Novel by Chris Campanioni
Review by Michael Browne


Writer Chris Campanioni gives a crucial glimpse into our modern narcissism with his new book of memoir / non-fiction / hybrid text / does it really matter, Death of Art. Despite the ostentatious title, Campanioni tactfully avoids repeating oft-argued cliches regarding art’s apparent demise, and instead uses the title as an entry point for talking about identity, language, social media, and modern life as a kind of performance.

The book begins with Campanioni sitting around with a stranger cutting his face out of magazines in which he modeled. The book follows this act of self-immolation throughout, as Campanioni struggles with trying to refashion his own image and his own identity, in a world where these things are valued above all else. Campanioni is frank and open about his stints as a model and actor, and his struggles with the performative aspects of both. The text almost becomes a space where Campanioni can explore himself; a liminal space where he can avoid binaries and social norms and—in a way—deconstruct himself:

I had lately been thinking of a project titled Death of Art, which itself came from the       blacked out title of a poem I’d just written called ‘Death of the Artist…’ Cutting out my face could be the beautiful overture.

Formally, Death of Art moves from vignette style passages of memoir, to essays and poetry. Campanioni’s tone alternates from playful, to philosophical, to the banal and the confessional, and all at a blistering pace. His subjects range from 90210 and Tinder dates, to social media narcissism and celebrity culture. An obsession with 90210 and a brief reference to Care Bears in particular become interesting pivot points for Campanioni to make comparisons between the empathy of our former analog world, and the disconnectedness of our modern digital world.

Death of Art brilliantly taps into our insatiable need to be seen and felt via social media, and how life is not experienced in our modern age, but rather, documented. The Facebook photo as preferred cultural currency to the actual image and experience represented.

The same way that our generation will look back on our lives in sixty years and there will be plenty to see. Probably we only wish we would have lived it too.

In the section titled “Self-Interested Glimpses,” Campanioni adopts an essay style (as he frequently does) and argues that “Authentic experience has been replaced by fetishized experience; existence becomes object.” In Campanioni’s world, the Instagram photo of a sunset now reigns supreme over the actual sunset. This is not a wildly new concept, as many postmodern thinkers have believed that society and modern culture have started to place more importance on “simulacra” or the simulation of reality, rather than the object itself.

For Campanioni public spaces have become zones of anti-social behavior. He argues that the increased access to each other that social media provides us has “led us to become less tolerant, less sympathetic, and less understanding.” This is exemplified in the book via the nearly tweet sized entries describing a series of Tinder dates where he struggles to make eye-contact and prefers to meet in coffee shops, hotel bars, or “anywhere public enough to pass through, in transit, like anyone else. Just passing through.” The Tinder passage in particular reads like a detritus of  ineffectual millennial dating experiences that only work to solidify Campanioni’s belief that our ability to connect is stunted, not enhanced, by applications like Tinder.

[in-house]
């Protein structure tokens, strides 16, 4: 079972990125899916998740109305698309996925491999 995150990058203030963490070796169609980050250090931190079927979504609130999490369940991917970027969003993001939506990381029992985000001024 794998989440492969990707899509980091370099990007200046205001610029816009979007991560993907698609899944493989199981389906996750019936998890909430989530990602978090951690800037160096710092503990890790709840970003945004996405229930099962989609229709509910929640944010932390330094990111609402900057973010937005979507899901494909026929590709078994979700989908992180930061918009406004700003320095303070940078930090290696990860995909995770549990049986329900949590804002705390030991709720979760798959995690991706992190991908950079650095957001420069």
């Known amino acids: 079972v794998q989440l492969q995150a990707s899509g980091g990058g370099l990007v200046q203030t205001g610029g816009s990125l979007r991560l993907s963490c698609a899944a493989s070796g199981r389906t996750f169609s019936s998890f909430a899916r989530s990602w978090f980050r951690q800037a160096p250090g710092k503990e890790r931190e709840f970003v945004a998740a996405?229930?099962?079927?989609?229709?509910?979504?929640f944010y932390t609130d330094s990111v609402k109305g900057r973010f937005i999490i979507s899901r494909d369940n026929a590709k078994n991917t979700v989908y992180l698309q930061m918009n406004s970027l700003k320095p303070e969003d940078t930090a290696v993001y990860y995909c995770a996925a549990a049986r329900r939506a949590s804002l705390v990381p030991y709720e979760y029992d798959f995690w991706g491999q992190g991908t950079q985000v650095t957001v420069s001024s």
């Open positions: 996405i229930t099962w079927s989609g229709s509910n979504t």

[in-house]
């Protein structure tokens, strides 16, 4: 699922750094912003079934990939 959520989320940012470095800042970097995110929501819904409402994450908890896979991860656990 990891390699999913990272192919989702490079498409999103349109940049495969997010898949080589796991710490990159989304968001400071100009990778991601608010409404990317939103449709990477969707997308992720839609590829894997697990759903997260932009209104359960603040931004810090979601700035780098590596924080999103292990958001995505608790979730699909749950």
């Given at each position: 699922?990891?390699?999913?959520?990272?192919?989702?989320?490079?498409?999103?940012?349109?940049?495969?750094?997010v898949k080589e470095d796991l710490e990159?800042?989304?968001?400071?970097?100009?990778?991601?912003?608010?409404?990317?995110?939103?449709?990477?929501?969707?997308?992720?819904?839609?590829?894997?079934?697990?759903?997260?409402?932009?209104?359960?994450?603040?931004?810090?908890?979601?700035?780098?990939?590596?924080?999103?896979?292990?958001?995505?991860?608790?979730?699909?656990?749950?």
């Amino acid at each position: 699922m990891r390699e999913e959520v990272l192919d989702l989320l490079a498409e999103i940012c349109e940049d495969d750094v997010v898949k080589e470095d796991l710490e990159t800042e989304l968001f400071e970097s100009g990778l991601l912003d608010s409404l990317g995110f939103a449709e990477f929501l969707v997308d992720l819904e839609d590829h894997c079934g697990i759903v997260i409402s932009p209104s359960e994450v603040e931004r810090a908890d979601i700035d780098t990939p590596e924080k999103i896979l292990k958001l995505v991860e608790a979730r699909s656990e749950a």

Much of the book is devoted to Campanioni’s self-reflection and almost reads like some playful postmodern diary. The author is constantly engaged in a dissection of his own image, striving and hoping to dismantle it. “The Internet has its own idea of me, and so do its worshippers. I want to create my own idea of me. Maybe the Internet will follow.”

Campanioni’s concept of life being fetishized but not experienced, is nicely juxtaposed with passages that reflect his childhood:

We lived our days as if they were scenes in a musical; we danced & continued to sing. Sometimes in Spanish or English but also often in a language made up by my father, a practice I’d adopt too, & which became my true joy in life: the pleasure of words & the sounds they contained. Whether it meant anything was besides the point; it meant everything.

Here childhood is reflected upon nostalgically and without the author’s jaundiced view of our current culture’s unchecked narcissism. It’s also indicative of Campanioni as a great linguaphile, and the simple pleasure he derives from the physical sensation of the words exiting his mouth. This runs counter to the mechanized way we communicate now:

Face-to-face meetings have given way to my face on your touch screen…

Death of Art is a punchy hybrid text that holds its own intellectual weight and does well to not veer off into pretension nor cliche, which is no minor triumph considering it’s broad and aspirational title. Campanioni is a serious writer and a world class thinker, and there is something great to be gleaned from his latest offering that seems to revel in its ability to avoid classification and open up a dialectic about the modern ways in which we communicate.


Death of Art is available now through C&R Press.